Slower-growing than the pure species, "Fat Albert" grows to a usual height of 10 to 15 feet tall and as wide in 10 years. If in an ideal situation, it may eventually reach about 40 feet tall and 20 feet wide. Although the tree has a more broad-based pyramidal shape than its parent, it can't really be considered a "fat" tree. The basal width varies from 10 to 20 feet wide on mature 30- to 45-feet-tall trees, depending on the growing conditions. "Fat Albert" has a consistent intense blue color wherever it grows because trees are propagated by rooting cuttings. Seed-grown Colorado blue spruce have wide color variations because of genetic differences.
"Fat Albert" is a naturally occurring variant chosen from thousands of field-grown seedlings by Oregon nurseryman Jean Iseli in 1978. Selected for its strong, upright growth that needs no staking or pruning as well as for its outstanding color, the cultivar name was chosen by longtime plantsman and Iseli family friend Don Howse to commemorate the then-popular Bill Cosby cartoon television show "Fat Albert."
Plant "Fat Albert" in full sun for the most compact growth, which will accentuate the broad-based outline, although it will also tolerate partial sun. Provide supplemental water during the first year after planting to establish a deep root system. Although "Fat Albert" is drought-tolerant, in climates with hot summers, regular deep watering as frequently as every week may be needed. Plants don't flower and are deer-resistant. Once in the landscape, "Fat Albert" needs very little maintenance, since it doesn't need pruning or shaping and doesn't produce litter. It is hardy in U.S. Department of Agriculture plant hardiness zones 2 through 8.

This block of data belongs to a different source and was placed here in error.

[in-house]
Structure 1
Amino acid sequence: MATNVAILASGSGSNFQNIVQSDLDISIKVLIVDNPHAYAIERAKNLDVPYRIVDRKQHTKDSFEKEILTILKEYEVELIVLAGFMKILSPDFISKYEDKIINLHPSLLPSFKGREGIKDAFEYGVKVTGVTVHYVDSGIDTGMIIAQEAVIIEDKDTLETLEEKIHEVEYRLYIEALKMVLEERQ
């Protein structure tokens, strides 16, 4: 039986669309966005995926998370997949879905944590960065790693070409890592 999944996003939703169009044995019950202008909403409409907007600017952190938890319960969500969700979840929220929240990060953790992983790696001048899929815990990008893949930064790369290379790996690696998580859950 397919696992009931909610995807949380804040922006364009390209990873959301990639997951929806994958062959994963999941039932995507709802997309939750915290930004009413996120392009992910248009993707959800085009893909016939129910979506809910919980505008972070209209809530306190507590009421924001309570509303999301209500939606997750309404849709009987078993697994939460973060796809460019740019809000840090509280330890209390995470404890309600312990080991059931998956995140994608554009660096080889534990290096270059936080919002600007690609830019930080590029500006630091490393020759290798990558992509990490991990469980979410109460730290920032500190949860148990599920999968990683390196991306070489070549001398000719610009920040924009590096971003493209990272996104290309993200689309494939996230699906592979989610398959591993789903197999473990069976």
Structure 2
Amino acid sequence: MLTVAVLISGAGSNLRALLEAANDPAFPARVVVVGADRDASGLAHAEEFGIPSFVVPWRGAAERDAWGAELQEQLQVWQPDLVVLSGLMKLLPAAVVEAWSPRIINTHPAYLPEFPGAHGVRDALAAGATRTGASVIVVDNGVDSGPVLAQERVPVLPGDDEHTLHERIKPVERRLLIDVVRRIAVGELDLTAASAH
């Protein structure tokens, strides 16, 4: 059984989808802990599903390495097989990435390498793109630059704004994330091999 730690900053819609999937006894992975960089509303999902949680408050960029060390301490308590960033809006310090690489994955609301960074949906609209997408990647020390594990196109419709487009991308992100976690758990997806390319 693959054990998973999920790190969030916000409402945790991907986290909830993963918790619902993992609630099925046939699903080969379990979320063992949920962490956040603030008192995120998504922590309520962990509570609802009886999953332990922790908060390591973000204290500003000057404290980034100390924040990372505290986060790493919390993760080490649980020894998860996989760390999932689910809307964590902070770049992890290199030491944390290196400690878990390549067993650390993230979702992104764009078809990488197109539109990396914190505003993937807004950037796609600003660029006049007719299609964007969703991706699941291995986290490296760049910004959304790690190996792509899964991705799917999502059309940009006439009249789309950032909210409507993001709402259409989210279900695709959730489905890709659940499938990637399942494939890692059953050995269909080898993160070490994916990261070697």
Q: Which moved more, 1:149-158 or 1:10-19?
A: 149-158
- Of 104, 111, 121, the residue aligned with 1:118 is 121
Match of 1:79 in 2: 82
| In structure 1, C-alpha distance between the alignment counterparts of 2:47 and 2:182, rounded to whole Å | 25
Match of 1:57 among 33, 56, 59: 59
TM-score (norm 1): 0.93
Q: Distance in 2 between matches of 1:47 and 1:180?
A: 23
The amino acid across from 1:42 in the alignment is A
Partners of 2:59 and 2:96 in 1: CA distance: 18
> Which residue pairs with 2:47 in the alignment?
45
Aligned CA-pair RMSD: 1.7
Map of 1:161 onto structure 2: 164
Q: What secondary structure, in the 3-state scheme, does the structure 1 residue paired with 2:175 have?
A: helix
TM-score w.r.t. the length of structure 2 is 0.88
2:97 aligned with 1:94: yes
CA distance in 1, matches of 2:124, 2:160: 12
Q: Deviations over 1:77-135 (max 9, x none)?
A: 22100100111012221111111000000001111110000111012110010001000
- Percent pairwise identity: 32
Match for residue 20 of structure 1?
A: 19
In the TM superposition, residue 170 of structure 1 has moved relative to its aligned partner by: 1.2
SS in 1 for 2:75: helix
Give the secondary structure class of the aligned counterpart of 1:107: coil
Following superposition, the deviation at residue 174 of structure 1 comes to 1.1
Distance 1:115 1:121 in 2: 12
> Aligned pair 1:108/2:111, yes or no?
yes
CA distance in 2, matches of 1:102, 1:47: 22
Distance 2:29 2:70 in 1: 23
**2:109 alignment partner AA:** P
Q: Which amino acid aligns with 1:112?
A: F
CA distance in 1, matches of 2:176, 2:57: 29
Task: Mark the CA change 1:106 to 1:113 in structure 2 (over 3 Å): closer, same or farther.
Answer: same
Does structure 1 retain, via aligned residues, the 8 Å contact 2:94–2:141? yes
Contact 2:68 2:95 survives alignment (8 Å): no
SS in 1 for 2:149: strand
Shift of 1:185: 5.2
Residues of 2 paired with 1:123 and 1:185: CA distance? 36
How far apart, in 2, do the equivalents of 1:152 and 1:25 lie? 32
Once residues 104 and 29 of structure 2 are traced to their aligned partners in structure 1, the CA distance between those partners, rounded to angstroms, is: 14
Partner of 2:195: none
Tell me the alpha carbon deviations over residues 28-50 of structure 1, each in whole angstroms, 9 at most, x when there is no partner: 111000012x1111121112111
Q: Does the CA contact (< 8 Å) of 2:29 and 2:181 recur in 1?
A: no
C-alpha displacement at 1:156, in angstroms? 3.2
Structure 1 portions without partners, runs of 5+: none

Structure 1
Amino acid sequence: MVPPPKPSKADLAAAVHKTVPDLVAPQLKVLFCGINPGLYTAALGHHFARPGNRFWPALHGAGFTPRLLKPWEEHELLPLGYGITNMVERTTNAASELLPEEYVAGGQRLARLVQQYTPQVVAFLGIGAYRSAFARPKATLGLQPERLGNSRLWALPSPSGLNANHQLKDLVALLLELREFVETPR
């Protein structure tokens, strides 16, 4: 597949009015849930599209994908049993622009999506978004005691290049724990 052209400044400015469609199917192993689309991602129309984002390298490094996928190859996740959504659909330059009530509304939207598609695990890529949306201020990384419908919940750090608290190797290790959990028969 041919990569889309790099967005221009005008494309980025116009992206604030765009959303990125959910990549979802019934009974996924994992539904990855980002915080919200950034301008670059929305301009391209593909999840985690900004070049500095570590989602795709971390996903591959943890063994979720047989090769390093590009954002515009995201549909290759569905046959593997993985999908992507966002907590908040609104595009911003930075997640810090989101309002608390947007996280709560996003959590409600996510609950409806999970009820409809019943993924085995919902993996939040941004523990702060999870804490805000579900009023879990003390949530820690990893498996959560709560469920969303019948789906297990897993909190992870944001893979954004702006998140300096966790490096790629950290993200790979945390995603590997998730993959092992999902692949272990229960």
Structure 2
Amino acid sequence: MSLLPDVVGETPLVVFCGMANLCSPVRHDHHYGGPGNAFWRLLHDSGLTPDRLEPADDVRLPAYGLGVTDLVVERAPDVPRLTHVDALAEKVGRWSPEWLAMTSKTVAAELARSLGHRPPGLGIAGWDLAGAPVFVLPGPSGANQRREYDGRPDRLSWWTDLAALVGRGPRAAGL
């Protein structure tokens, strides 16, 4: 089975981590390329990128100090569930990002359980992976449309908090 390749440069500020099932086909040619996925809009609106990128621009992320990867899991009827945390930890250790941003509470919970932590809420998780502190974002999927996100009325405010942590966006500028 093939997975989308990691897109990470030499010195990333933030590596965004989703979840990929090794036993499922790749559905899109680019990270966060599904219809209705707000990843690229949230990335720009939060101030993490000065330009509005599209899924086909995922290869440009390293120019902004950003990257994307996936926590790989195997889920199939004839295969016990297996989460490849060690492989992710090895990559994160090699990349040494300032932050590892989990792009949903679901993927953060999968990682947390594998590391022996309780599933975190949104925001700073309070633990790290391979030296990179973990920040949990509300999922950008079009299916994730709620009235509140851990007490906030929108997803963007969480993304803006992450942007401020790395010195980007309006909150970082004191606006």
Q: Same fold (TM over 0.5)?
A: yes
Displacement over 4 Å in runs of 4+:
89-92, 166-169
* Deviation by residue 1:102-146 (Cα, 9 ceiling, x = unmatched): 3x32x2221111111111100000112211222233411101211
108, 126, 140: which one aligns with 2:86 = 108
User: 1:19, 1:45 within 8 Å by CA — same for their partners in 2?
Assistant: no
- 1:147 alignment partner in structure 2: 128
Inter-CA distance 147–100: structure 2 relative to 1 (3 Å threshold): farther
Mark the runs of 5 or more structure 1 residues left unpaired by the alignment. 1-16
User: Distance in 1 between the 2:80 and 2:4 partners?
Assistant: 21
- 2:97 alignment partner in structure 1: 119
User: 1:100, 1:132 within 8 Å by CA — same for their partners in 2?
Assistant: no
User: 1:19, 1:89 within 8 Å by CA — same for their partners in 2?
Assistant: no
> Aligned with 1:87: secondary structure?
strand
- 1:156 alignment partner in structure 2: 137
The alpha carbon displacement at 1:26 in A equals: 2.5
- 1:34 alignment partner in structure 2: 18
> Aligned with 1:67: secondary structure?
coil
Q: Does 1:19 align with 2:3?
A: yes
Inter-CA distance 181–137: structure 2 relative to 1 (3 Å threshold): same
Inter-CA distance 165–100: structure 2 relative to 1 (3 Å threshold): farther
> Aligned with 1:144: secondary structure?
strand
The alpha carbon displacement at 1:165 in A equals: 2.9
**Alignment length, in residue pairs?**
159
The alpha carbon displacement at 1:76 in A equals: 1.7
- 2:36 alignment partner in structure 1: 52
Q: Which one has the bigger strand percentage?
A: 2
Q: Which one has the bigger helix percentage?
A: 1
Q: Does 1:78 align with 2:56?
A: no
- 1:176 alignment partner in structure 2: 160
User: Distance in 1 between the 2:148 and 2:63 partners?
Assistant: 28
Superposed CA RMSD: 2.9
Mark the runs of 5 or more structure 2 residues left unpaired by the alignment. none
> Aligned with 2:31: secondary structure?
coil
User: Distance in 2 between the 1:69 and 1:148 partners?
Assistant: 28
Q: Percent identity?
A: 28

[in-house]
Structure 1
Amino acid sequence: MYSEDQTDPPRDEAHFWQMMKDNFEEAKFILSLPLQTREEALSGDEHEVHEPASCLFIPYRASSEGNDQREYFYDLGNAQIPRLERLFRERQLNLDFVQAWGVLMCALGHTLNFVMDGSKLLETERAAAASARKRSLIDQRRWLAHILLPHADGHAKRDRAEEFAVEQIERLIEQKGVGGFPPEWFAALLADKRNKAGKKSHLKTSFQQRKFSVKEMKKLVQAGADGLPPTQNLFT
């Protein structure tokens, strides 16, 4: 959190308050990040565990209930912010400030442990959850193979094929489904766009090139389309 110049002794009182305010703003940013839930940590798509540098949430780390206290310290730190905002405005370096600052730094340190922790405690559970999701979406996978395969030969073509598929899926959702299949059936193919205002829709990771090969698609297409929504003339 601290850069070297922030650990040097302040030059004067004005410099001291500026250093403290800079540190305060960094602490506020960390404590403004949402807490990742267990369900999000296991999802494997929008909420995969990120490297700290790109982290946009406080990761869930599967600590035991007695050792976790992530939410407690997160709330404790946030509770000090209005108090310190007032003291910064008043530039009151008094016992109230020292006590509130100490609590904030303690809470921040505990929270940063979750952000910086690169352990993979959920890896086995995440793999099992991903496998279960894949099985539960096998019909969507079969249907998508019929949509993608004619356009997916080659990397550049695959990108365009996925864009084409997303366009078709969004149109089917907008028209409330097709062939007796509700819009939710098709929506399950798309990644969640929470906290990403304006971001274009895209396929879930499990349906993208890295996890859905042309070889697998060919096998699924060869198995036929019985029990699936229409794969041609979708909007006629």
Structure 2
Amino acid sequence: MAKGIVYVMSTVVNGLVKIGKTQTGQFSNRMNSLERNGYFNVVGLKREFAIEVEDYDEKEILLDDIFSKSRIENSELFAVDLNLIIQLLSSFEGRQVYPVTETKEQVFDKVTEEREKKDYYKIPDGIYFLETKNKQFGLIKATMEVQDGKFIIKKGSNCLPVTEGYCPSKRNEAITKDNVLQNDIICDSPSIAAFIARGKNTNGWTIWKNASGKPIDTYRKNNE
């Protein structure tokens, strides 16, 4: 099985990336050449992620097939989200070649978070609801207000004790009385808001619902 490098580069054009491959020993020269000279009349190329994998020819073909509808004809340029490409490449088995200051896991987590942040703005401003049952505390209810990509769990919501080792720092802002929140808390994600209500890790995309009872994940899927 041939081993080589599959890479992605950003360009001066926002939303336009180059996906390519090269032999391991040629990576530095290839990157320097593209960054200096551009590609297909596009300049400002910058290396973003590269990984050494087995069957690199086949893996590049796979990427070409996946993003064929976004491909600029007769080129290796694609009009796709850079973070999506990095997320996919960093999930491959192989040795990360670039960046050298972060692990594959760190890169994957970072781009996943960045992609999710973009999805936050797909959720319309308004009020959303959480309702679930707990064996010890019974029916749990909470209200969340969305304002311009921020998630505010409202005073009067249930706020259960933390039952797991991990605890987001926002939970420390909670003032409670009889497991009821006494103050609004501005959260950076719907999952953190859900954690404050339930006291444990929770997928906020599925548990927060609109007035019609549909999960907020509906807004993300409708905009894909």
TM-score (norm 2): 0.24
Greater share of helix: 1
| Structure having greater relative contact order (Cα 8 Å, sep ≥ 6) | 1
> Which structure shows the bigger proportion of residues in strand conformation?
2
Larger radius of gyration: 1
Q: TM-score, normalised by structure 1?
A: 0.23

"Fat Albert' lends itself to use as a specimen tree. It will fit into a corner to fill the space, and can serve as a living Christmas tree. It won't be overwhelming if placed in a small lawn area and provides a to-scale vertical dimension when combined with low-growing evergreens. It makes a suitable backdrop for colorful perennials. Because of the wide, densely packed lower growth, use "Fat Albert" as a barrier planting and for windscreens or a sound barrier. Space trees at least 12 feet apart to allow for the broad bases.